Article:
Driving through southwest Austin’s Travis Country neighborhood last week, on a tip from a regular reader (thanks, Charlene!), I spotted this terraced, lawn-gone garden. The front yard slants like a ski slope right down to the front porch, and I imagine the owners struggled with drainage issues during heavy rains if they started out with a typical lawn. Lawn grass easily absorbs light rains, but during downpours rainwater simply sheets off.
The solution? Terracing to break up the slope in a series of flat areas for planting and absorbing rainfall. Terracing also creates flat areas for paths and patios.
From the street, you enter the gravel garden via a flagstone path that meanders between clumps of flowering salvia and bulbine.
Low-maintenance structural plants like Agave americana var. mediopicta ‘Alba’ (the cream-and-green-striped agave), along with other agaves, aloes, and yuccas, mingle with softly textured Mexican feathergrass (Nassella tenuissima).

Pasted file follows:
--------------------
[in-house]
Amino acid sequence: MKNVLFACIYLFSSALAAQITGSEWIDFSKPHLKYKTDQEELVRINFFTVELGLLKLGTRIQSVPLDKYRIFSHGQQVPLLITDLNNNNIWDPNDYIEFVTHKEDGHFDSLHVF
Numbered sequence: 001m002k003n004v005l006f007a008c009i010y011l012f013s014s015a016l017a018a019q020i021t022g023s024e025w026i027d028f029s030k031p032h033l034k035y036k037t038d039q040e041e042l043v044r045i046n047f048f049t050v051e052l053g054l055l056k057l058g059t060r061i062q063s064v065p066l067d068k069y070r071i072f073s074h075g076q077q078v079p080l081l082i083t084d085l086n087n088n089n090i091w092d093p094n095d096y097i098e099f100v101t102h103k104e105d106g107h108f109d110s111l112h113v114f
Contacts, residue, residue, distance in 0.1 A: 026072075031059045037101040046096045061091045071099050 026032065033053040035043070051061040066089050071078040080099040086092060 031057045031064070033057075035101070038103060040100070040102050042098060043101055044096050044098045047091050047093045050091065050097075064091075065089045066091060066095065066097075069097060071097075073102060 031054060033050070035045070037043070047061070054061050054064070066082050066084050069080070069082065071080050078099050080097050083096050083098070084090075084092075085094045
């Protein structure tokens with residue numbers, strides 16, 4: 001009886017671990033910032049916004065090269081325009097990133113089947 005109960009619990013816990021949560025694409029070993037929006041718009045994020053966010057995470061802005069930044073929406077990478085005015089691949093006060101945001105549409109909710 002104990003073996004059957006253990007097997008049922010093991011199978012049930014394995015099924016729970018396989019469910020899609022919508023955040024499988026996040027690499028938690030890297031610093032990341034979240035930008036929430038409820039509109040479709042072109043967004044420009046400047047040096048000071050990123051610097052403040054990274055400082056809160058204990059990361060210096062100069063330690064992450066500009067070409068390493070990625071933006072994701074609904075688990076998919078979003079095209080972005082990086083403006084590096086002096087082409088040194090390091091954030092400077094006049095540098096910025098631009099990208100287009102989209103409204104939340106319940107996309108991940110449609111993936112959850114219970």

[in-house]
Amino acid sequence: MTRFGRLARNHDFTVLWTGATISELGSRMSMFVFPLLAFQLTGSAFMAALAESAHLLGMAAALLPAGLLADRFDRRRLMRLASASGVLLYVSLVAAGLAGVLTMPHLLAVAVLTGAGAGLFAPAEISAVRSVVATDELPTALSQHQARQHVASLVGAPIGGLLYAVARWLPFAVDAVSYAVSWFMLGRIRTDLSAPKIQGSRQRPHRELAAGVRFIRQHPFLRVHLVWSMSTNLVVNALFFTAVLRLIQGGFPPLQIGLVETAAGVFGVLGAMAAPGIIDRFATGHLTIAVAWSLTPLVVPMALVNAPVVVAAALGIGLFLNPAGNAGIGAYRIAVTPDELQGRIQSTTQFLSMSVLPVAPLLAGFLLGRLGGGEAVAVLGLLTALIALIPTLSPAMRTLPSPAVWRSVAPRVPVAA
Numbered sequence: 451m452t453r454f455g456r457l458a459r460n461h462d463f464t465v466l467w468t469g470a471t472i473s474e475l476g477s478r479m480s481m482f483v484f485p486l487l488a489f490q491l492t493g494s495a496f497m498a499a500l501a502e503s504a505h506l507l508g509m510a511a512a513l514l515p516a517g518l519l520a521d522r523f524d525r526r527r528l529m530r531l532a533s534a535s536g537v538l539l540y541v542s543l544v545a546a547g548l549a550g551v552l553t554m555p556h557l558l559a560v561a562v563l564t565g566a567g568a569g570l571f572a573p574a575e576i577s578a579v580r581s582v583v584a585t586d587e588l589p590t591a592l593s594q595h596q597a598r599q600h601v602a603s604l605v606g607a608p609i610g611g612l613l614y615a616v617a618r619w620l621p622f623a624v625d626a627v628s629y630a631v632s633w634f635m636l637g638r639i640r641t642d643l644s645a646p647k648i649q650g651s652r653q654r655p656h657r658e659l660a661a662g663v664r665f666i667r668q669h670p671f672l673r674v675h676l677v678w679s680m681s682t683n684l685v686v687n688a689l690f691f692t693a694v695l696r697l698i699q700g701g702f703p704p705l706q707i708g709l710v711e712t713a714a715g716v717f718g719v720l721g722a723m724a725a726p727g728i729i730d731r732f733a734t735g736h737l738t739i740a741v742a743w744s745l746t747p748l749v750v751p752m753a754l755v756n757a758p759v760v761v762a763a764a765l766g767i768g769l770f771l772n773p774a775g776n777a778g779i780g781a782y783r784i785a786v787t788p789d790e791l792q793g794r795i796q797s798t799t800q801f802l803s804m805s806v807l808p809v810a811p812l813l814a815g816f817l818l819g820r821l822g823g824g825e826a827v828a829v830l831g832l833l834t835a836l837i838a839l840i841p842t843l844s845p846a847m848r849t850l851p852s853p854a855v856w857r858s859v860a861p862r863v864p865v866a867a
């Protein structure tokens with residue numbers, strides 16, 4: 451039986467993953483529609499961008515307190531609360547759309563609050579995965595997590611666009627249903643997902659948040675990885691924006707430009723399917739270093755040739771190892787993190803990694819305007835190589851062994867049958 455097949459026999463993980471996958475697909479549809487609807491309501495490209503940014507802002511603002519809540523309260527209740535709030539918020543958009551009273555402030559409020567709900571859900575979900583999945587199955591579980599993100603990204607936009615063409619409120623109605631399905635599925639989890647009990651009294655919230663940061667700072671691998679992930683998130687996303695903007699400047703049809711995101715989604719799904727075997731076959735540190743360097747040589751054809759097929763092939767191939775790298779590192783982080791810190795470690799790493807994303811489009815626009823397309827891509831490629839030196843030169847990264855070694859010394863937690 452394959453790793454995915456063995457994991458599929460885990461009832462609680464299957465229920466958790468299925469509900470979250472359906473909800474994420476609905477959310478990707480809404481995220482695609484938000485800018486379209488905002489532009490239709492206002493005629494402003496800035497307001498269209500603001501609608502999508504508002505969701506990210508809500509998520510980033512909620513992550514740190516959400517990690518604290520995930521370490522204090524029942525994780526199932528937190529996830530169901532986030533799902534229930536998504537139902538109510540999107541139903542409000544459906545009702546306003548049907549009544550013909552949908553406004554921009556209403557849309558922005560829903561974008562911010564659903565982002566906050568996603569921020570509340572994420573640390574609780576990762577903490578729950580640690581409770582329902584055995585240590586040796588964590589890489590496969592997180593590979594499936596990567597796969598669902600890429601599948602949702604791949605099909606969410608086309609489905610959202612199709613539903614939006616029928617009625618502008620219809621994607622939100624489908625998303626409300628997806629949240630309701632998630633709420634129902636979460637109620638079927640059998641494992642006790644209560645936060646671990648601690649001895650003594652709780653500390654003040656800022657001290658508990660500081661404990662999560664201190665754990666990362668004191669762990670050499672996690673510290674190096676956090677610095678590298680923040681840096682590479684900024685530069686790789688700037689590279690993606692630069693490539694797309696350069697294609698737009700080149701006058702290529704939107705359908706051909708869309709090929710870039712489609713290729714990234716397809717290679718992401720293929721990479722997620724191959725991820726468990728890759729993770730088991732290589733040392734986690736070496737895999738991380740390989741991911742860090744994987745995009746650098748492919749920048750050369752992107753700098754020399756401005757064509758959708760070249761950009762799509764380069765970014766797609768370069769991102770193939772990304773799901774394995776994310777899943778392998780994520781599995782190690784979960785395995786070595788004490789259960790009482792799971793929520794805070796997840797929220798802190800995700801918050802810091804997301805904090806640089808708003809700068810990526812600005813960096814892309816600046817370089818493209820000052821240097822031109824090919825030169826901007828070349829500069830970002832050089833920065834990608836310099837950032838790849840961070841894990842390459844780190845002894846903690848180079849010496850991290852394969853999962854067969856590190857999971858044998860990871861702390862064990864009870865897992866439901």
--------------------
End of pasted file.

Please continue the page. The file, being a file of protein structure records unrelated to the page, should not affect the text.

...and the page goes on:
Holey limestone boulders make interesting accents.
I like how the gardener packed the holes with gritty soil and planted a succulent in one.
Along the left side, a curving retaining wall protects the root zone of existing trees. Just beyond, a dry stream directs water runoff from the neighbor’s lot. On a lower terrace, a small seating area has been carved out, with a chair and table for a relaxing, semi-private spot to enjoy the garden.
I only shoot from the public street or sidewalk when taking photos for my drive-by posts, so I couldn’t capture all the details of this enticing garden. But you can see a little bridge crossing the dry stream on the patio terrace — a charming touch.
The garden even extends into the “hell strip” between the sidewalk and the street, with small agaves and heat-tolerant spreaders like aptenia studding the casual flagstone paving. The plants are a nice way to soften the paving, although I’d be hesitant about putting any spiky plants here, where people may step on them and hurt either themselves or your prize agave.
Aside from that quibble, it’s a beautiful and waterwise garden from top to bottom, and I’m sure the owner enjoys the wildlife attracted to her flowering plants and grasses and the structural beauty of her desert plants — not to mention hardly having to water and never having to mow.
All material © 2006-2013 by Pam Penick for Digging. Unauthorized reproduction prohibited.